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American Indian Voices
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By JULIE SHAW
NEWARK -- On this mound, a Native American shaman might have stood above drums
drumming and rattles rattling and hundreds of people standing in the earthen
circle below, all waiting for the moon to rise beyond the circle, beyond the
adjoining octagonal mound, ascending above the horizon.
Evoking this image while standing on the observatory mound at the Octagon
Earthworks in Newark, Bradley Lepper explained how a line from the mound
through the circle and through the octagon points to the spot where the moon
rises at its most northern point on the eastern horizon. It's an occurrence
that happens once every 18.6 years.
The astronomical and architectural achievements of the Native Americans who
built this earthen complex were tremendous, said the archaeologist from the
Ohio Historical Society in Columbus to a group of visitors. It was the first
Octagon Earthworks open house day, and Lepper led the group on the public path
that skirts part of the earthen circle, then past the path's end to the top of
the observatory mound.
Typically, visitors aren't allowed to climb the observatory mound because the
Moundbuilders Country Club operates a golf course on the Octagon Earthworks.
They're supposed to stop at the end of the public path. But on this Saturday
in April, the club and OHS agreed to make it a golf-free day and to promote
the site's access to the public.
The controversy over the public-private privileges of the Octagon Earthworks
site at the country club has been raised to the forefront of discussions once
again by Barbara Crandell's June 26 visit to the observatory mound and
subsequent arrest by Newark police officers. A jury trial on this case has
been scheduled for Sept. 19. (A trial was originally slated for Aug. 19.)
The voices on the earthworks are various. From archaeologists to Native
Americans to the Ohio Historical Society to members of the private golf club
to other stakeholders, views differ on the significance of the earthworks and
to whom they belong. And they differ even within those groups.
A great marvel
It is a curious dilemma to say the least. An archaeological ancient marvel
used as a modern-day 18-hole golf course by members of a private country club.
"People in Newark, Ohio, have no idea or don't appreciate the significance of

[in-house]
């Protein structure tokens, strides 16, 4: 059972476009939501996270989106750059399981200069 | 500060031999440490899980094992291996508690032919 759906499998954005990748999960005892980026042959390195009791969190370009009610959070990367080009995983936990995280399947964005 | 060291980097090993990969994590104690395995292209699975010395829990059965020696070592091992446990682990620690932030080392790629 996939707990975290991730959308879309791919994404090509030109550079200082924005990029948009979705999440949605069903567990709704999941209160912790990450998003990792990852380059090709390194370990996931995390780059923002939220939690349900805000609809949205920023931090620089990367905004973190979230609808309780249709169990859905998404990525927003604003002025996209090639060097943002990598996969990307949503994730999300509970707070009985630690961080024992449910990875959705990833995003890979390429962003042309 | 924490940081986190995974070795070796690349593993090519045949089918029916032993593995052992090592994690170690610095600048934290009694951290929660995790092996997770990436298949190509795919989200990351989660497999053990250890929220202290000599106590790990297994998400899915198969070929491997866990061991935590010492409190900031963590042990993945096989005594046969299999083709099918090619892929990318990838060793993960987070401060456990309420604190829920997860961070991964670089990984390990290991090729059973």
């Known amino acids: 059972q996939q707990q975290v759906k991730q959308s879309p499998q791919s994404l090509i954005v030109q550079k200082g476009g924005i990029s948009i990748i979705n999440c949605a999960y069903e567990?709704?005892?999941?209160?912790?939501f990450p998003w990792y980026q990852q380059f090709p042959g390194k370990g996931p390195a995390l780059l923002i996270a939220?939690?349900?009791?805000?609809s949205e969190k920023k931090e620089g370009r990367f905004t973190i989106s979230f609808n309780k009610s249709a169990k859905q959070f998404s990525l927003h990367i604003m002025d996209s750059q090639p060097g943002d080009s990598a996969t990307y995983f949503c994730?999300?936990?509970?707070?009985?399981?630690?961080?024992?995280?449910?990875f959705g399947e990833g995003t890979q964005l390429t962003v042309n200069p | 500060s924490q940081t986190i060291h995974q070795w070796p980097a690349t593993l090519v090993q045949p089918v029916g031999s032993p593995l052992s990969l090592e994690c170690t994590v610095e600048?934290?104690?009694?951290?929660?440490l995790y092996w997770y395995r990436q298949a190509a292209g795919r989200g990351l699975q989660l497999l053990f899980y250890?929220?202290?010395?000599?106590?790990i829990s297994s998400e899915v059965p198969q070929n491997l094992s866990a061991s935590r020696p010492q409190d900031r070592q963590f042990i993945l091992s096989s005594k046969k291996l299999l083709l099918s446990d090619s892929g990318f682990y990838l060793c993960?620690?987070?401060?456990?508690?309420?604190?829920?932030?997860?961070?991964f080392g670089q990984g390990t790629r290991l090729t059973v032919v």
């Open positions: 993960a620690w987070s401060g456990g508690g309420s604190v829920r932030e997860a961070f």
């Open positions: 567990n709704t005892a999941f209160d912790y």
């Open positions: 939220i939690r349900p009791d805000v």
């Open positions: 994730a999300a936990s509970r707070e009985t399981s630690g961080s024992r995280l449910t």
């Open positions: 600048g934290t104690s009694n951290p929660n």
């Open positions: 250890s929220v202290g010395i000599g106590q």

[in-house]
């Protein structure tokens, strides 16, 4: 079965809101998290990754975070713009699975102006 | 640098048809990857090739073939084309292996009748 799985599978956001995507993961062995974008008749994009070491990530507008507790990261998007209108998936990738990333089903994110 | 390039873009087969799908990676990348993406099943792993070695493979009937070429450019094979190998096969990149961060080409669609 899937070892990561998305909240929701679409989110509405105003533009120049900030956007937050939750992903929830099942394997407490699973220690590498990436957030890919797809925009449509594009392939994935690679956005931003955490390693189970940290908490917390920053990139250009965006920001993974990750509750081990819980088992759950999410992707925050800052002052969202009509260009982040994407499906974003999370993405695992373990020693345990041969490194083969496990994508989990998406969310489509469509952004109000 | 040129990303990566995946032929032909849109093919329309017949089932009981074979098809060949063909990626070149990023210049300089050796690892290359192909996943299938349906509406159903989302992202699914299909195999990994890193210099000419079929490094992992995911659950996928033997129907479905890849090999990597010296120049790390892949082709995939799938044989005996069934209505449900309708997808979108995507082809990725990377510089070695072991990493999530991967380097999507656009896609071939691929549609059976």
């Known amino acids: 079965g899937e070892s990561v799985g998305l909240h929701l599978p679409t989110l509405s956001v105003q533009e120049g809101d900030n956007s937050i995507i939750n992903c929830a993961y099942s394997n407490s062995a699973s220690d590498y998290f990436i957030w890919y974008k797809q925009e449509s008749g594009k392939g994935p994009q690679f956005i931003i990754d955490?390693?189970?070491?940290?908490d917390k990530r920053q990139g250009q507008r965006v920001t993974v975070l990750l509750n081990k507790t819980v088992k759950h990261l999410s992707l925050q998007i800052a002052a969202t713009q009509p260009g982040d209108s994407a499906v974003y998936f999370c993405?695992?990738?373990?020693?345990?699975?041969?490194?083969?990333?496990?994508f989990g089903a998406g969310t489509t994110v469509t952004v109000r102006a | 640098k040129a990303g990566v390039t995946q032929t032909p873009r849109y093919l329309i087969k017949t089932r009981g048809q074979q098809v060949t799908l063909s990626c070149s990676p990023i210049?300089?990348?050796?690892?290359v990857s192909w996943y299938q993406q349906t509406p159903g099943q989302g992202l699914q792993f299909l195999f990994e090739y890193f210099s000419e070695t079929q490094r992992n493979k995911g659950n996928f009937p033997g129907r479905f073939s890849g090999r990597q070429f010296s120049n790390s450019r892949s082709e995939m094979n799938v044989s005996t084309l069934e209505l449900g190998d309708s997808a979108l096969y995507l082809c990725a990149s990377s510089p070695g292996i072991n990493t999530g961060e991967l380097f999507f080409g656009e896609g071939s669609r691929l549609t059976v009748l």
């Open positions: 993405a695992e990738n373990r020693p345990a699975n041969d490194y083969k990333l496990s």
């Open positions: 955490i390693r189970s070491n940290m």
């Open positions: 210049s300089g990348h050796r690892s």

this site," said Richard Shiels, a professor of history at the Ohio State
University-Newark and a member of the Friends of the Mounds. The local
citizens group's goals include increasing public access to the earthworks and
ending the lease that allows the country club to operate a golf course on the
Shiels, who is not Native American, points to the world-class status of the
Newark Earthworks in "The Seventy Wonders of the Ancient World," a 1999
compilation of ancient marvels edited by Professor Chris Scarre of England's
In its heyday, the Newark Earthworks comprised the world's largest complex of
geometric structures built from earth and clay covering about four square
miles. The earthworks were built some 2,000 years ago by Native Americans who
were called Hopewell Indians by archaeologists.
It has been customary to name various cultures or groups by the last name of
the owner on whose land earthworks have been found. The name Hopewell came
from Capt. Mordecai Hopewell, who owned a farm in Ross County where earthworks
were excavated in 1891.
Today, what remains of the Newark Earthworks are three distinct sites no
longer connected by earthen parallel walls: the Octagon Earthworks, which
includes a 50-acre octagon, 20-acre circle and the observatory mound; the
Great Circle Earthworks; and the Wright State Memorial.
The rest of the earthworks, including burial mounds, was bulldozed away with
the onset of development.
The first settlers to the Newark area had destroyed portions of the earthworks
for farmland, roads, canals and railroads. McDonald's, meat markets,
convenience stores and numerous homes now stand in the area where those
earthworks used to be.
Perhaps the fact that the earthworks were created from earth rather than stone
or concrete diminishes their importance to people today.
People here might think, "our ancestors didn't build this. If you say this is
important, then you say the Indians are important," suggested Lepper.
As a member of Moundbuilders Country Club for five or six years, Steve
Buchholz, 54, of Buckeye Lake says he finds the earthworks interesting but
doesn't appreciate being disrupted during a golf game.